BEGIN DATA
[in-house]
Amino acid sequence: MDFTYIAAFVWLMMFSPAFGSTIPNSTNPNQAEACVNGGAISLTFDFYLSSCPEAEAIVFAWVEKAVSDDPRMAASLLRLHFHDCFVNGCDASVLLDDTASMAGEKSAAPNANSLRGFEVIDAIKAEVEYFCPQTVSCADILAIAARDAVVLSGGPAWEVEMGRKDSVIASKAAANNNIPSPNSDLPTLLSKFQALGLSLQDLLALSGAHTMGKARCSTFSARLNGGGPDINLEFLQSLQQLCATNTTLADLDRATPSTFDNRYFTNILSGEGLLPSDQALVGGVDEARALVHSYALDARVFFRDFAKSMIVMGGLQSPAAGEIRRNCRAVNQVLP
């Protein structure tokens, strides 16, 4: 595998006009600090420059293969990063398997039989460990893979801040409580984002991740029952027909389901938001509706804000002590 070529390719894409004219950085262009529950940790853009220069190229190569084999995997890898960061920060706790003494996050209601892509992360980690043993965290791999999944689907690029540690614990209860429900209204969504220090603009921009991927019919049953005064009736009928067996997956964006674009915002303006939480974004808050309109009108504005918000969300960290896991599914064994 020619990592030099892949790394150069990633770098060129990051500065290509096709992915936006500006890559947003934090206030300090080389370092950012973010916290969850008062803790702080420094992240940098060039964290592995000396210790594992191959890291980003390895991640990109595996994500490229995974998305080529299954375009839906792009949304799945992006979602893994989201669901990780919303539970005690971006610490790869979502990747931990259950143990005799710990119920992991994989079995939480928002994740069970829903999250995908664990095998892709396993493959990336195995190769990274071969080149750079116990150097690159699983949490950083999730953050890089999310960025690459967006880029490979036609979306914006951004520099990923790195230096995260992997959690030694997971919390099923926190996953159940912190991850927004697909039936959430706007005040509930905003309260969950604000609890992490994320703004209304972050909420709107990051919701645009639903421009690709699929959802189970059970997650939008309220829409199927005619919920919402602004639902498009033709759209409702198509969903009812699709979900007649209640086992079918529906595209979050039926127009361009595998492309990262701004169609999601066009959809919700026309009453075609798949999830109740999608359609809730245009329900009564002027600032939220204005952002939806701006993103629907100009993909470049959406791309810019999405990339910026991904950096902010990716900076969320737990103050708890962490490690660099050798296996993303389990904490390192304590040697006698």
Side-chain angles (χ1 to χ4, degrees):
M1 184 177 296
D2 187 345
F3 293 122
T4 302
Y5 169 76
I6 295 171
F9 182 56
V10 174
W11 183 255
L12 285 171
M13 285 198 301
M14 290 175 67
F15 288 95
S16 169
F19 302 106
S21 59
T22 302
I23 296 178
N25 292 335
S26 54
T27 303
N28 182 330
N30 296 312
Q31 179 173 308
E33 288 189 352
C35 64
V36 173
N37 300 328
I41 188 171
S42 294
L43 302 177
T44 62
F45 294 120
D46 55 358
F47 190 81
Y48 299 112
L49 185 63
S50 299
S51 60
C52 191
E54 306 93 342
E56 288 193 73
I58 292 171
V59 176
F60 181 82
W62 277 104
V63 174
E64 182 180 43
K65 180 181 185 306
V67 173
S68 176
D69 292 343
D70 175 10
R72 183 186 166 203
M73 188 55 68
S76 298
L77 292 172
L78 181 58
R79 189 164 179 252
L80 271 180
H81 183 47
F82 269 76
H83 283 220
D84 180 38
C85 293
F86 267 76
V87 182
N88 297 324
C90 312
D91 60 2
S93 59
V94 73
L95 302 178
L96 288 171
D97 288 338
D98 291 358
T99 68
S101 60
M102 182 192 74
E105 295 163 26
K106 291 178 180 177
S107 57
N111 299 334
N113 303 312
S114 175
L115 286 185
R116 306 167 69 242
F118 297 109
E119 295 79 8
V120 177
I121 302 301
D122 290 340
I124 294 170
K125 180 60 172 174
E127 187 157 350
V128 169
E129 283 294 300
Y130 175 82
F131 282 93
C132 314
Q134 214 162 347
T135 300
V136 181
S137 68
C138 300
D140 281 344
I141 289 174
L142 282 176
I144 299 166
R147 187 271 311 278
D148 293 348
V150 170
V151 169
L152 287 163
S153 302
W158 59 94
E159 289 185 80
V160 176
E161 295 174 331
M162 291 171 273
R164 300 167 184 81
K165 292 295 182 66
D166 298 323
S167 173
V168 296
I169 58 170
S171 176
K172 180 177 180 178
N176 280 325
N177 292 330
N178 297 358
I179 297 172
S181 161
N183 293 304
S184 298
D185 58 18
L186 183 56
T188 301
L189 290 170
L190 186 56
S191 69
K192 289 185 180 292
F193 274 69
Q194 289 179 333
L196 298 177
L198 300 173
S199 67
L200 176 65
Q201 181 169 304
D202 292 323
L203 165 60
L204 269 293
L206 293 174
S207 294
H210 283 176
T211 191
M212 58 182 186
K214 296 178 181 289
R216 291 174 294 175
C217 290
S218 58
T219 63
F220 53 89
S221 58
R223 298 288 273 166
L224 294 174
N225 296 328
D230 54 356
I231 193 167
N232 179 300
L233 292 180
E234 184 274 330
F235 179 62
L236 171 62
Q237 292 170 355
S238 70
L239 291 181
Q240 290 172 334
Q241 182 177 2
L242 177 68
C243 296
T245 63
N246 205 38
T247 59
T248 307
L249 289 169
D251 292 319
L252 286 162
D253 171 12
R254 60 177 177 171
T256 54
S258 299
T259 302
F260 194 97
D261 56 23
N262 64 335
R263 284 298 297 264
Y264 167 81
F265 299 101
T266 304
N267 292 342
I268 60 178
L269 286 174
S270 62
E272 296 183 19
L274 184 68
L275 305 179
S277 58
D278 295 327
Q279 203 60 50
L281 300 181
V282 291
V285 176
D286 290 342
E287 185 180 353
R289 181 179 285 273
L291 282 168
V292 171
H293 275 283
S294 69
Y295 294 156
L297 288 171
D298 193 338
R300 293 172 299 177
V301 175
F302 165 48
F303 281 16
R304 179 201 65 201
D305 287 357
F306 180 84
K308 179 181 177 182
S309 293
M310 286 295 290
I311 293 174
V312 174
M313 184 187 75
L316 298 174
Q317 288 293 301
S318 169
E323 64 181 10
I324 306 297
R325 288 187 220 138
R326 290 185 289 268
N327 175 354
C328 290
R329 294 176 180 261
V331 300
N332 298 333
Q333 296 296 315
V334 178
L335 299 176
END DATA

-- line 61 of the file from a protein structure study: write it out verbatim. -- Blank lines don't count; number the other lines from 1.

L77 292 172